What Francisco Artigas’ project demonstrates, and what seems to slowly dawn on Esther McCoy in her interview, is that modernism in Mexico’s elite private sector was often practiced as a style, symbolic of sophistication and novelty but divorced from the progressive social philosophy at the heart of the movement (and clearly at work in Mexico’s public sector, resulting in good housing, schools and hospitals for many of the less fortunate.) In McCoy’s taped interview Artigas stressed that his ideas on distribution of functions, exposures, and siting had not changed at all between his “modern” and his late work, nor were his ideas significantly different from those of pre-modern (Colonial) architecture. In other words, it was only the envelope that had changed. I think what I’m detecting in the tone of McCoy’s voice in the tapes is a gradual realization that perhaps Artigas, the icon of modernism, was not a Modernist and perhaps never was. The question needed to be asked: Was the modernist functionalism in his early work largely some kind of aesthetic apparatus designed to display the status of his clients?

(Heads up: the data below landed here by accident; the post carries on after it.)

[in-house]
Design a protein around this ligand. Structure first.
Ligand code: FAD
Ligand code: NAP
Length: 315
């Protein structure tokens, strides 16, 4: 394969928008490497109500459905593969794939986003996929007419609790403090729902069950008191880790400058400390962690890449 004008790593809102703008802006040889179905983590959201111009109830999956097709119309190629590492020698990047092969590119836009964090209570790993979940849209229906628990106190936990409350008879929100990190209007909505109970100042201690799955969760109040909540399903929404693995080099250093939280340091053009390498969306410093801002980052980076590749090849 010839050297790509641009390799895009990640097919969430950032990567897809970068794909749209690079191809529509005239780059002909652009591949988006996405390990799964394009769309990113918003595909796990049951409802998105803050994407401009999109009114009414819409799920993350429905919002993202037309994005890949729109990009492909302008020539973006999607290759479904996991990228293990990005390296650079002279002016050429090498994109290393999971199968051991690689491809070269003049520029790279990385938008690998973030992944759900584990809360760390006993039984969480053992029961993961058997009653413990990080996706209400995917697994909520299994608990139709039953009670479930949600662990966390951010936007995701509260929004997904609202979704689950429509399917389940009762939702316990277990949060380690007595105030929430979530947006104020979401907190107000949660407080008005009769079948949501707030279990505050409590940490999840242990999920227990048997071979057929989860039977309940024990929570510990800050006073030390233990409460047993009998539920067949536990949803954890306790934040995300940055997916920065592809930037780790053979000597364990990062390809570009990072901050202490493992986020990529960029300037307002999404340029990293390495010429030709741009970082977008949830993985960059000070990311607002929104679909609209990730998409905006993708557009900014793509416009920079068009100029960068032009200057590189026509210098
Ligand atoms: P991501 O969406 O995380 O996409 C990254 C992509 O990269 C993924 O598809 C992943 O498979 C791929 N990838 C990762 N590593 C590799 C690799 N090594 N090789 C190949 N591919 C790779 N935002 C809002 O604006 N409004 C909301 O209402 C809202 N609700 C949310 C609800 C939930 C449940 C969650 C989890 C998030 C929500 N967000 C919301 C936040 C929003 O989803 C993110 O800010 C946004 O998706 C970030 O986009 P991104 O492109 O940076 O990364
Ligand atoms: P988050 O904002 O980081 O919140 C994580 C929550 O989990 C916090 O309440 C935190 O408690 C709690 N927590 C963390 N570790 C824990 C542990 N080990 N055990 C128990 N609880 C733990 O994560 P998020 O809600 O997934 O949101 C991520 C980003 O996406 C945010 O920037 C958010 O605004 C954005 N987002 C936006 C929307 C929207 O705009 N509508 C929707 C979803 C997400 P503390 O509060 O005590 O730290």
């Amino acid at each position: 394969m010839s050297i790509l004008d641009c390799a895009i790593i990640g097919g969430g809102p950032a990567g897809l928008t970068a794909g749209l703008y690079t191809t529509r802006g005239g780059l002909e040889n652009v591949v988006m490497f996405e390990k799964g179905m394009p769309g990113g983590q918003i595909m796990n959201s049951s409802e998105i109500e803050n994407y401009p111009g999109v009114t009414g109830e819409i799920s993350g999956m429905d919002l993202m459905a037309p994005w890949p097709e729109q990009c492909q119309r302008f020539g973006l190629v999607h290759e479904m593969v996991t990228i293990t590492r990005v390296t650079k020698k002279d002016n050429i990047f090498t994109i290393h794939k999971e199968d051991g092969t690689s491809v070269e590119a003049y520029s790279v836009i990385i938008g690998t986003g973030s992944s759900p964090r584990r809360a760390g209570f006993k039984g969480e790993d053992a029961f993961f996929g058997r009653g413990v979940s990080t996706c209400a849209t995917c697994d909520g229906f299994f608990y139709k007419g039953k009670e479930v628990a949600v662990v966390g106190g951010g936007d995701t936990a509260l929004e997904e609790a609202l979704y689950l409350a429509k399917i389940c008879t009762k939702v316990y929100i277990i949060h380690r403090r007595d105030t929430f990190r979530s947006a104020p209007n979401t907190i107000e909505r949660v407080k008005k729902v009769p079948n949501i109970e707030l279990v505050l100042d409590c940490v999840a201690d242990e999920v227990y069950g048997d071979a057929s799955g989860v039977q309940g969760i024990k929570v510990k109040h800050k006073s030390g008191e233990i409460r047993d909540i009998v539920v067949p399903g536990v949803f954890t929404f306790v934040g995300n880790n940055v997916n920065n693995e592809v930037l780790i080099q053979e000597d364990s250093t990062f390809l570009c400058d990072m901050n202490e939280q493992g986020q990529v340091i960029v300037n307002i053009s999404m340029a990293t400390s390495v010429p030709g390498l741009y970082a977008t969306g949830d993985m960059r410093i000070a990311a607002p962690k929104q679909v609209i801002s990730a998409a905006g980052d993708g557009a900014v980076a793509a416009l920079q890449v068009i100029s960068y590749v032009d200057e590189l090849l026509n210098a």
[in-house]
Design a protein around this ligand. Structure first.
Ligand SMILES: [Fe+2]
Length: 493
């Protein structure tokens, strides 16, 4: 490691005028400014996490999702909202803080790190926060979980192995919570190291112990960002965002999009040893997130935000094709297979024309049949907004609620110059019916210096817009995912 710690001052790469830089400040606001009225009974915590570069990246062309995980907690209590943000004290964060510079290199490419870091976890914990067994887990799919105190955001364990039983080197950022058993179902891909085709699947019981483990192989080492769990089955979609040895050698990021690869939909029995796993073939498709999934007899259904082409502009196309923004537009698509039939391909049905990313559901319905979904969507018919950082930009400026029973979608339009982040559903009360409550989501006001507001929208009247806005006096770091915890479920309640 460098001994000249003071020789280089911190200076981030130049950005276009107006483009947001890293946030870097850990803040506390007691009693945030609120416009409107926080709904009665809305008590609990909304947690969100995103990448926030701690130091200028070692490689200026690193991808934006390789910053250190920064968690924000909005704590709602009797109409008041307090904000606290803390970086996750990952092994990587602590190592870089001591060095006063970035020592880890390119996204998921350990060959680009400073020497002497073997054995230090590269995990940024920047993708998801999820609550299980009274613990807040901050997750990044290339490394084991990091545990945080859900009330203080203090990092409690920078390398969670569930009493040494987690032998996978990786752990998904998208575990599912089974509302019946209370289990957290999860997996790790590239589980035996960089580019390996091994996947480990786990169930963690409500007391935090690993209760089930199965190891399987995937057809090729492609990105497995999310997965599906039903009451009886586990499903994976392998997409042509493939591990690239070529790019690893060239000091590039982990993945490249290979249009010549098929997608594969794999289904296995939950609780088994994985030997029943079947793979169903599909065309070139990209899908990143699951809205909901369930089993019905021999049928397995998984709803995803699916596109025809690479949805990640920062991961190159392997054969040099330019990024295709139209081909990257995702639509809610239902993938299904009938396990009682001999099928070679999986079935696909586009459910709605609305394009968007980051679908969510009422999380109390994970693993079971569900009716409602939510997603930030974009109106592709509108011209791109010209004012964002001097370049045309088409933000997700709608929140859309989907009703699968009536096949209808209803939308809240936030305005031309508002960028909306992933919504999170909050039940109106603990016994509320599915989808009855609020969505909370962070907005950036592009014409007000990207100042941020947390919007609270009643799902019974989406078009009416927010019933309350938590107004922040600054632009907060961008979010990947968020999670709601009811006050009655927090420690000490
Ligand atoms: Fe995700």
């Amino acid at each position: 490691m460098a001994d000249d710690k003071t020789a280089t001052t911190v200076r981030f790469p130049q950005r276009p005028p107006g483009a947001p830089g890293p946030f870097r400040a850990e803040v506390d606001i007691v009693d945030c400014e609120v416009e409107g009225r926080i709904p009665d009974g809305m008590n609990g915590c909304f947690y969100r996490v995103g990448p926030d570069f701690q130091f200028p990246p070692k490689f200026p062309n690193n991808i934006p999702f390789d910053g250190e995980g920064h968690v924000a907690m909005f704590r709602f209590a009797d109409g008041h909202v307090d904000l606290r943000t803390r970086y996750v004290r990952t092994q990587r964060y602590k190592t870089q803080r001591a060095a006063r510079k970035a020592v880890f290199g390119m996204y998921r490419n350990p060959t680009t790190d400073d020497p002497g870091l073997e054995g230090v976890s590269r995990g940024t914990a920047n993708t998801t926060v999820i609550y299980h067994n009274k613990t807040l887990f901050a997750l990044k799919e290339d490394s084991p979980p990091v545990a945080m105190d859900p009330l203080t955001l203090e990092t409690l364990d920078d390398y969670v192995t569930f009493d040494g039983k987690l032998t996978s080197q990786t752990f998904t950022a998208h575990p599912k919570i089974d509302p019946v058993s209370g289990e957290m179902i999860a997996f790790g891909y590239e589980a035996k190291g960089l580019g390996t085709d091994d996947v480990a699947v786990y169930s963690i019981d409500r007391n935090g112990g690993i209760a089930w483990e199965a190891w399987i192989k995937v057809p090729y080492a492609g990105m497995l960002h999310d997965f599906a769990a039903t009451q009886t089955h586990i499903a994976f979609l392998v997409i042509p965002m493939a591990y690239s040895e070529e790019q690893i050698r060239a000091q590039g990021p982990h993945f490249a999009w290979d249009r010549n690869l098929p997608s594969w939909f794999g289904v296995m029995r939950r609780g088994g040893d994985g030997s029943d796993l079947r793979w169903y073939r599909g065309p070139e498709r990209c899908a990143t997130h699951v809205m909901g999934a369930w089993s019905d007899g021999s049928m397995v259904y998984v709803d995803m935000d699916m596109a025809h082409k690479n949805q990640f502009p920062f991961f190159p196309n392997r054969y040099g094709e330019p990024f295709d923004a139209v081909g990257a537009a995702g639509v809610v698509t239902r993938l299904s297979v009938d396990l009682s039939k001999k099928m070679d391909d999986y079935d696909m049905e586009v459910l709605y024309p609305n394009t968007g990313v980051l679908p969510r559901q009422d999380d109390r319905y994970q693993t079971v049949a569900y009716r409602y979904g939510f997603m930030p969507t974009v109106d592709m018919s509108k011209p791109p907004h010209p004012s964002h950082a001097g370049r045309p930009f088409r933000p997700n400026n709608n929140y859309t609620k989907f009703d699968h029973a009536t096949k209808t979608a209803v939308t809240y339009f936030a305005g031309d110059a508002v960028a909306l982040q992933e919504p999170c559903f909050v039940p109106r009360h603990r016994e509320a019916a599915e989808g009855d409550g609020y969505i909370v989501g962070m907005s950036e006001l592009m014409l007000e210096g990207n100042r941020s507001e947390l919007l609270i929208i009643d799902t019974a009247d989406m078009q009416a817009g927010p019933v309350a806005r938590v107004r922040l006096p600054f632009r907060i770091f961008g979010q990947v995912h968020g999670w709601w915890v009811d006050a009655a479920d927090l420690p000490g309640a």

There is a certain drama to this scenario—the edifice of modernism crumbling before the eyes of the idealistic architecture critic. The drama is especially acute when McCoy lays eyes on the Artigas “Castle” for the first time. She rolls the tape and begins the peculiar soliloquy I’ve reprinted here in a tone of voice reminiscent of a news report from a disaster area. It is as if she is witnessing the demolition of an ideal, expressed paradoxically by the castle’s solid stones and sturdy beams. She is taking audio notes, as she clearly is accustomed to doing as she tours a building for the first time, but the various specs she is listing—”A doorway, eight feet wide…”, “wood paving fanning out…”—are colored by a slightly frantic tone of disbelief. Like the narration of Joseph Conrad’s protagonist as he travels up the river into the Heart of Darkness, Esther McCoy’s report sounds like that of a first witness to the horrors of a terrifying new Post-Modern world.